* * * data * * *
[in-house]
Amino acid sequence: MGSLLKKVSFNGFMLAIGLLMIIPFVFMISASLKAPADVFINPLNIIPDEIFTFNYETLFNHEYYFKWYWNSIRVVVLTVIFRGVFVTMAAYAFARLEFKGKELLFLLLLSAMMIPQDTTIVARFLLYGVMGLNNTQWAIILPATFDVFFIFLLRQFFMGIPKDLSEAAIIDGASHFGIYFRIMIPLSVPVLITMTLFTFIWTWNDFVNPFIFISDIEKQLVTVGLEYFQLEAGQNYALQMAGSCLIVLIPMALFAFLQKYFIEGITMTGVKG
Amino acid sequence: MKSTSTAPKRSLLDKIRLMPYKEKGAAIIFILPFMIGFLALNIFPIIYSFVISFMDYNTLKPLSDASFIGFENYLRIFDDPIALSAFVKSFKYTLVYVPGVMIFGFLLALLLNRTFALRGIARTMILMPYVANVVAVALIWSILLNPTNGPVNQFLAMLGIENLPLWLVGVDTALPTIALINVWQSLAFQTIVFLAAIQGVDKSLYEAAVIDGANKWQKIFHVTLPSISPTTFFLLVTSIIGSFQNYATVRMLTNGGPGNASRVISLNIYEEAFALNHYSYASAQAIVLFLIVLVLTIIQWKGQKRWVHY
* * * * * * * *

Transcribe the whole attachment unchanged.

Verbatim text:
[in-house]
Amino acid sequence: MGSLLKKVSFNGFMLAIGLLMIIPFVFMISASLKAPADVFINPLNIIPDEIFTFNYETLFNHEYYFKWYWNSIRVVVLTVIFRGVFVTMAAYAFARLEFKGKELLFLLLLSAMMIPQDTTIVARFLLYGVMGLNNTQWAIILPATFDVFFIFLLRQFFMGIPKDLSEAAIIDGASHFGIYFRIMIPLSVPVLITMTLFTFIWTWNDFVNPFIFISDIEKQLVTVGLEYFQLEAGQNYALQMAGSCLIVLIPMALFAFLQKYFIEGITMTGVKG
Amino acid sequence: MKSTSTAPKRSLLDKIRLMPYKEKGAAIIFILPFMIGFLALNIFPIIYSFVISFMDYNTLKPLSDASFIGFENYLRIFDDPIALSAFVKSFKYTLVYVPGVMIFGFLLALLLNRTFALRGIARTMILMPYVANVVAVALIWSILLNPTNGPVNQFLAMLGIENLPLWLVGVDTALPTIALINVWQSLAFQTIVFLAAIQGVDKSLYEAAVIDGANKWQKIFHVTLPSISPTTFFLLVTSIIGSFQNYATVRMLTNGGPGNASRVISLNIYEEAFALNHYSYASAQAIVLFLIVLVLTIIQWKGQKRWVHY